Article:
Hurricane Sandy may have darkened and damaged parts of the East Coast when it blew ashore in the fall of 2012. But it also forced the region to enter its era of enlightenment – to come up with new ideas on how to beat back Mother Nature.
The latest big idea: wind turbines. New research from the University of Delaware and Stanford University suggest that offshore wind farms remove energy from a storm’s edge and slow down fast-moving winds. Thus, they would reduce hurricane wind speeds, wave heights, and storm surge that leads to flooding.
In the case of hurricane Sandy, strategically placed wind turbines would have reduced flooding by up to 34 percent. Windmills in the Gulf of Mexico would have reduced hurricane Katrina flooding by up to 79 percent. They would also have a dramatic effect on reducing wind speeds, beginning at the outer reaches of both hurricanes – reducing hurricane winds by up to 87 m.p.h. and 92 m.p.h., respectively.
The turbines would not be enough to knock down the highest winds around the eye wall of a Category 2 hurricane, for example, to make it a Category 1, says Cristina Archer, a co-author of the report and professor at the University of Delaware, in an interview. But the lower wind speeds at the hurricane’s perimeter would gradually filter inwards and to the storm eye, mitigating the overall damage. “The turbines do more than a wall, because they take up the energy” of the wind.
“This is a paradigm shift,” said Willett Kempton, another co-author and professor at the University of Delaware’s College of Earth, Ocean, and Environment, in a release. “We always think about hurricanes and wind turbines as incompatible. But we find that in large arrays, wind turbines have some ability to protect both themselves and coastal communities, from the strongest winds.”
Beyond the prevention of significant damage to cities – think New Orleans, 2005 – the offshore wind turbines would also serve to produce cleaner year-round electricity, say the authors. That makes the technology an alternative to constructing seawalls, say Professors Archer and Kempton and Mark Jacobson (Stanford University), whose findings were published Wednesday in the journal Nature Climate Change.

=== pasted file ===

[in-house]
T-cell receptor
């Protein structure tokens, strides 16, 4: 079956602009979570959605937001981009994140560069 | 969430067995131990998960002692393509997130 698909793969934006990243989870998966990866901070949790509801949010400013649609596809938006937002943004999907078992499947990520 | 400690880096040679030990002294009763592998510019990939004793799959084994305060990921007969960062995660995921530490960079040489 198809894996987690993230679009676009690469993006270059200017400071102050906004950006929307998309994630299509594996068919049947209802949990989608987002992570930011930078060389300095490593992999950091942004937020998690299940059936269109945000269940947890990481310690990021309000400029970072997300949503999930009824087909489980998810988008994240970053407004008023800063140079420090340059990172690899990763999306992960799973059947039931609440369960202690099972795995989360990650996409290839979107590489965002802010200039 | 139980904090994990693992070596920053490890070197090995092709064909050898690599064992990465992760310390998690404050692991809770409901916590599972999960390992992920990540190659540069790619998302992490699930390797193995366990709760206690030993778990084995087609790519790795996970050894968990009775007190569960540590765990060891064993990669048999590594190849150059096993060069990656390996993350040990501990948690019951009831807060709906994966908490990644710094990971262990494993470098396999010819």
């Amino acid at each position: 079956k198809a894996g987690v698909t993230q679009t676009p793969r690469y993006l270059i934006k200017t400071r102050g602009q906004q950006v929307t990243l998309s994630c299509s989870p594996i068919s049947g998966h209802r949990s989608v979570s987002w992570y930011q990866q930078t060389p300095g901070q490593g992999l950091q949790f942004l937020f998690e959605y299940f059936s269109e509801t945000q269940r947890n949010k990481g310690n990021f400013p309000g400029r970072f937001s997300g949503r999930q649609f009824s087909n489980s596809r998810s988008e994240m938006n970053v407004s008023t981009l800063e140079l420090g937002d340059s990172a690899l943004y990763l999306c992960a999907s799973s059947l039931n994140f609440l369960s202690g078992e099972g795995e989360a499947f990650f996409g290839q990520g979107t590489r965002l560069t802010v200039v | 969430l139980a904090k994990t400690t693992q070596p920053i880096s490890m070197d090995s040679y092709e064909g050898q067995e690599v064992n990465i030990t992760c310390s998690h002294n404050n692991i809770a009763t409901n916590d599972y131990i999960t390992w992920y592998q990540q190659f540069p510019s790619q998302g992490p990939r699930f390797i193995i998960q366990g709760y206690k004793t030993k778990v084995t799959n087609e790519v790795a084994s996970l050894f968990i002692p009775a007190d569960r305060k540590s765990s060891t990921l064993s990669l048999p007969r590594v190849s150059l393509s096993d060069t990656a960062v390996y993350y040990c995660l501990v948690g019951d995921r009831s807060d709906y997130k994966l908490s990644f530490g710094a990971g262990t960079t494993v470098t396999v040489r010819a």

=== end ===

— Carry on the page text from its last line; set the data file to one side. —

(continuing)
The authors conclude that the net cost of offshore wind farms are less than the cost of generating electricity from fossil fuels. The variables that they take into account are the net savings from avoided health-care, climate change, and city damages as well as avoided infrastructure costs tied to seawalls.
To be sure, skeptics could poke several holes in the researchers’ assumptions. Even if wind turbines do slow down hurricane winds, what are the odds that coastal communities will allow wind farms to proliferate off the Atlantic and Gulf coastlines? If they did sprout up, would they actually be as cost efficient as the authors say?
The US Department of Energy would like to have 54,000 megawatts of offshore wind by 2030. Those scenarios include development in both federal and state offshore areas, including along Atlantic, Pacific, and Gulf coasts as well as in Great Lakes and Hawaiian waters, the agency says.
While the regulatory headwinds stymieing offshore wind production are easing, the bigger obstacles are financial and technical.
Consider Cape Wind, the high-profile offshore project planned for the Massachusetts coast that has languished for about a decade. Although it has survived multiple regulatory hurdles, it must still overcome some legal challenges.
Then there’s the Atlantic Wind Connection, which was initially conceived to be the undersea backbone spanning 380 miles from New Jersey to Virginia. The collaboration, which involves Google, is getting scaled back to focus on New Jersey. Just creating the New Jersey link would cost an estimated $1.8 billion. Objectively speaking, there are less expensive and more immediate ways to feed the state’s electricity demand, namely combined-cycle natural gas plants.
It’s not just traditional generation that has the edge. Land-based wind facilities cost 50 percent less to build than offshore wind units.
Also, NRG Energy has indefinitely delayed its wind deal off the Delaware coast until it can find dependable investment partners. Spanish wind developer Gamesa has suspended its plans to build off the Virginia coastline, citing the need for financing at a time of political uncertainty.
“The odds of any offshore wind facility going forward are not good unless we have a federal policy that mandates carbon reductions,” says Peter Asmus, principal research analyst for Navigant in San Francisco, in an interview. “That is what is driving wind development in Europe, which has nowhere else to go but offshore.”
The University of Delaware and Standard University researchers can vouch for their findings, but they cannot directly influence public policy decisions or entice the capital markets to finance offshore wind projects. While their discoveries may hold up in the lab, they are unlikely to withstand an even fiercer storm – the volatile political and financial winds that are keeping offshore wind from going forward.
[Editor's note: This piece has been updated with the correct spelling of Willett Kempton.]